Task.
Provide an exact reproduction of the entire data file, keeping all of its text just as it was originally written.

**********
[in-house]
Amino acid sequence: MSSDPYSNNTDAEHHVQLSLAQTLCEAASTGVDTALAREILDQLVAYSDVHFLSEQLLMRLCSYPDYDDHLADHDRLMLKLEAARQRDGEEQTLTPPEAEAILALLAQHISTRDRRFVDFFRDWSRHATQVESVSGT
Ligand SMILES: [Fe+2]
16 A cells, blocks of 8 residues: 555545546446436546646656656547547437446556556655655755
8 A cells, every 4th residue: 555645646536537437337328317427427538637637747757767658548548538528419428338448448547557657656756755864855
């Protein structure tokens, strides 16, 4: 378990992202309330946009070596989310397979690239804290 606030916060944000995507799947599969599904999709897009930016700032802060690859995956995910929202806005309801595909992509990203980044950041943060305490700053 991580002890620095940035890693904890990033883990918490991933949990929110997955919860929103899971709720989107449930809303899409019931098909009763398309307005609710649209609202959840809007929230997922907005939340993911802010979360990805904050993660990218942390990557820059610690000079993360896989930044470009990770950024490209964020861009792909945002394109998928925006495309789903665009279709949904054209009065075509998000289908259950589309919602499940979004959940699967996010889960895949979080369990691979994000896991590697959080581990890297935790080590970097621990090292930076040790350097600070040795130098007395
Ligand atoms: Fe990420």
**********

[in-house]
Amino acid sequence: MSSDPYSNNTDAEHHVQLSLAQTLCEAASTGVDTALAREILDQLVAYSDVHFLSEQLLMRLCSYPDYDDHLADHDRLMLKLEAARQRDGEEQTLTPPEAEAILALLAQHISTRDRRFVDFFRDWSRHATQVESVSGT
Ligand SMILES: [Fe+2]
16 A cells, blocks of 8 residues: 555545546446436546646656656547547437446556556655655755
8 A cells, every 4th residue: 555645646536537437337328317427427538637637747757767658548548538528419428338448448547557657656756755864855
């Protein structure tokens, strides 16, 4: 378990992202309330946009070596989310397979690239804290 606030916060944000995507799947599969599904999709897009930016700032802060690859995956995910929202806005309801595909992509990203980044950041943060305490700053 991580002890620095940035890693904890990033883990918490991933949990929110997955919860929103899971709720989107449930809303899409019931098909009763398309307005609710649209609202959840809007929230997922907005939340993911802010979360990805904050993660990218942390990557820059610690000079993360896989930044470009990770950024490209964020861009792909945002394109998928925006495309789903665009279709949904054209009065075509998000289908259950589309919602499940979004959940699967996010889960895949979080369990691979994000896991590697959080581990890297935790080590970097621990090292930076040790350097600070040795130098007395
Ligand atoms: Fe990420």